Dual External Defibrillation
- Refractory Ventricular Fibrillation (RVF) is defined as ventricular fibrillation that is unresponsive to three or more defibrillation attempts.
- Dual External Defibrillation (DED) is a technique in which two defibrillators are used to treat RVF after failure of traditional Advanced Cardiovascular Life Support (ACLS) measures and defibrillation. DED includes Dual Simultaneous Defibrillation (DSiD – shocks delivered at exactly the same time) and Dual Sequential Defibrillation (DSD – shocks delivered in close sucession). Because it is practically very difficult to defibrillate at exactly the same time, functionally most studies evaluate DSD, as opposed to DSiD.
How does DED work?
- There are several theories why DED might work:
- More Power – Most commercial defibrillators cannot deliver more than 360J, and some studies have shown that more energy results in higher likelihood of ROSC.
- The Set Up – The first shock lowers the defibrillation threshold and “sets up” a successful second shock.
- Multiple Vectors – Multiple vectors of energy delivery ensure more of the myocardium is depolarized by the defibrillation.
What are the harms of DED?
- There are unlikely to be any iatrogenic complications of DED for the patient, especially given the premorbid state of cardiac arrest.
- However, there can be harm to your defibrillator if not performed correctly. Specific pitfalls include:
- Using different defibrillators (different brand OR different model).
- Pads in contact with each other.
- Simultaneous defibrillation.
How is DED performed?
- Two IDENTICAL (same brand and model) defibrillators are required. Use of different defibrillators can result in damage to the devices.
- The original pads (DEFIB 1) are placed in the traditional anterolateral position, and will already be on the patient.
- The second set of pads (DEFIB 2) can be placed either Anterior-Posterior (Figure 1) or Anterior (Figure 2).
- NOTE: Defibrillator pads should be close, but NEVER touching each other.
- One provider should ideally press both shock buttons at approximately (but not exactly) the same time. In theory, simultaneous defibrillation may damage some types of defibrillators and is not recommended by manufacturers.
When should I consider using DED?
- DED should be considered in patients with RVF and after traditional ACLS measures (e.g. anti-arrhythmics) have failed. DED should NOT be used for patients with refractory ventricular tachycardia (VT/electrical Storm).
- Given the low quality of evidence for DED, greater consideration should be given to interventions with higher likelihood of patient benefit, if available in your center. For example, activation of your extracorporeal life support team, or transport of the patient with mechanical CPR for percutaneous coronary intervention should take precedent. However, there are many centers where these interventions are not available without ROSC, or not available at all, and DED may be a reasonable intervention.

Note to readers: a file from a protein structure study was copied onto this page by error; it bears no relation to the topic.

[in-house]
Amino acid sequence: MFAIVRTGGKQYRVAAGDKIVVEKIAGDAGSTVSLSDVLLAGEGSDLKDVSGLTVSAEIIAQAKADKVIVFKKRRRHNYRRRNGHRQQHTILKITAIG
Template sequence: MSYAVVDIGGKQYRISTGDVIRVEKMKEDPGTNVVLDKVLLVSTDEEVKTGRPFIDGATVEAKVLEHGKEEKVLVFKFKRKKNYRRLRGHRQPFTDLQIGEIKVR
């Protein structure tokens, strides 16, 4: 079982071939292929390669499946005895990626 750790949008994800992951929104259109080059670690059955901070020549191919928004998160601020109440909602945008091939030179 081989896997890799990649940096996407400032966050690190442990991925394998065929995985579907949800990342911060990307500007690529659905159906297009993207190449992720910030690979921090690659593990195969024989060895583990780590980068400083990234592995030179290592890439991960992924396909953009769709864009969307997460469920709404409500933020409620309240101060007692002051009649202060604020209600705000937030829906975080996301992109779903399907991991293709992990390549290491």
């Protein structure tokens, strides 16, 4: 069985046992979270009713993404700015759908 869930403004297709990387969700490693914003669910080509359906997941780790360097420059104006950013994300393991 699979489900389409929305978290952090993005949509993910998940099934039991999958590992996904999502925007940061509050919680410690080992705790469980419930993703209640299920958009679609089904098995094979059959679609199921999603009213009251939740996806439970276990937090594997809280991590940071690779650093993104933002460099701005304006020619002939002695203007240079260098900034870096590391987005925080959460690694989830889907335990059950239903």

Quality Of Evidence?
We are highly confident that the true effect lies close to that of the estimate of the effect. There is a wide range of studies included in the analyses with no major limitations, there is little variation between studies, and the summary estimate has a narrow confidence interval.
We consider that the true effect is likely to be close to the estimate of the effect, but there is a possibility that it is substantially different. There are only a few studies and some have limitations but not major flaws, there are some variations between studies, or the confidence interval of the summary estimate is wide.
When the true effect may be substantially different from the estimate of the effect. The studies have major flaws, there is important variations between studies, of the confidence interval of the summary estimate is very wide.
- The overall evidence for DED is low, comprised of case reports and case series with a high risk of bias. DED is not currently recommended by the American Heart Association Emergency Cardiovascular Care (AHA-ECC) Guidelines.
- In May 2020, a pilot randomized controlled trial called DOSE-VF was published, with promising results. However, the full randomized controlled trial is ongoing and will need evaluation and external validation before widespread use.
Link MS, Berkow LC, Kudenchuk PJ, et al. 2015 American Heart Association Guidelines Update for Cardiopulmonary Resuscitation and Emergency Cardiovascular Care, Part 7: Advanced Cardiovascular Life Support. Circulation. 2015;132:S444–S464.
Cheskes S, Dorian P, Feldman M, et al. Double sequential external defibrillation for refractory ventricular fibrillation: The DOSE VF pilot randomized controlled trial. Resuscitation. 2020;150:178-184.
Sakai T, Iwami T, Tasaki O, et al. Incidence and outcomes of out-of-hospital cardiac arrest with shock-resistant ventricular fibrillation: Data from a large population-based cohort. Resuscitation. 2010;81(8):956-961.
The purpose of this document is to provide health care professionals with key facts and recommendations for the diagnosis and treatment of patients in the emergency department. This summary was produced by the BC Emergency Medicine Network and uses the best available knowledge at the time of publication. However, healthcare professionals should continue to use their own judgment and take into consideration context, resources and other relevant factors. The BC Emergency Medicine Network is not liable for any damages, claims, liabilities, costs or obligations arising from the use of this document including loss or damages arising from any claims made by a third party. The BC Emergency Medicine Network also assumes no responsibility or liability for changes made to this document without its consent.
Last Updated May 12, 2021
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